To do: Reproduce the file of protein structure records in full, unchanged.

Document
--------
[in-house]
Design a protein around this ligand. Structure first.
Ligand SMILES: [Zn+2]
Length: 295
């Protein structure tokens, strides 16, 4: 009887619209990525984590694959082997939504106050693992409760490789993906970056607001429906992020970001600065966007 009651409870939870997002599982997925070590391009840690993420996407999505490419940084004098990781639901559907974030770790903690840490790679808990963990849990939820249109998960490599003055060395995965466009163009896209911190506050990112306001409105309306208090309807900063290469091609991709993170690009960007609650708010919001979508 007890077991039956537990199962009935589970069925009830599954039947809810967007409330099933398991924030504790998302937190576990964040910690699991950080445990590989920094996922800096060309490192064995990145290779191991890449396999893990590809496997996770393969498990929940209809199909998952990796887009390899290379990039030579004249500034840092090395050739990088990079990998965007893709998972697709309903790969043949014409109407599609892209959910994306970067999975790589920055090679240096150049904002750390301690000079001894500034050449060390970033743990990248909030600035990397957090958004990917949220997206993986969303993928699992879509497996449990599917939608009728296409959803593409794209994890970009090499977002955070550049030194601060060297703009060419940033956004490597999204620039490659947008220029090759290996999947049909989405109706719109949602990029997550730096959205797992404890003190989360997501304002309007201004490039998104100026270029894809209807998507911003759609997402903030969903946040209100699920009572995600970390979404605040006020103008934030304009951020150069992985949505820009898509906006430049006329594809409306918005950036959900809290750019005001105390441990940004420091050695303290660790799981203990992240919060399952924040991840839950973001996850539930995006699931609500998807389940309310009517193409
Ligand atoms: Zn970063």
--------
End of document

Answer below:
[in-house]
Design a protein around this ligand. Structure first.
Ligand SMILES: [Zn+2]
Length: 295
């Protein structure tokens, strides 16, 4: 009887619209990525984590694959082997939504106050693992409760490789993906970056607001429906992020970001600065966007 009651409870939870997002599982997925070590391009840690993420996407999505490419940084004098990781639901559907974030770790903690840490790679808990963990849990939820249109998960490599003055060395995965466009163009896209911190506050990112306001409105309306208090309807900063290469091609991709993170690009960007609650708010919001979508 007890077991039956537990199962009935589970069925009830599954039947809810967007409330099933398991924030504790998302937190576990964040910690699991950080445990590989920094996922800096060309490192064995990145290779191991890449396999893990590809496997996770393969498990929940209809199909998952990796887009390899290379990039030579004249500034840092090395050739990088990079990998965007893709998972697709309903790969043949014409109407599609892209959910994306970067999975790589920055090679240096150049904002750390301690000079001894500034050449060390970033743990990248909030600035990397957090958004990917949220997206993986969303993928699992879509497996449990599917939608009728296409959803593409794209994890970009090499977002955070550049030194601060060297703009060419940033956004490597999204620039490659947008220029090759290996999947049909989405109706719109949602990029997550730096959205797992404890003190989360997501304002309007201004490039998104100026270029894809209807998507911003759609997402903030969903946040209100699920009572995600970390979404605040006020103008934030304009951020150069992985949505820009898509906006430049006329594809409306918005950036959900809290750019005001105390441990940004420091050695303290660790799981203990992240919060399952924040991840839950973001996850539930995006699931609500998807389940309310009517193409
Ligand atoms: Zn970063």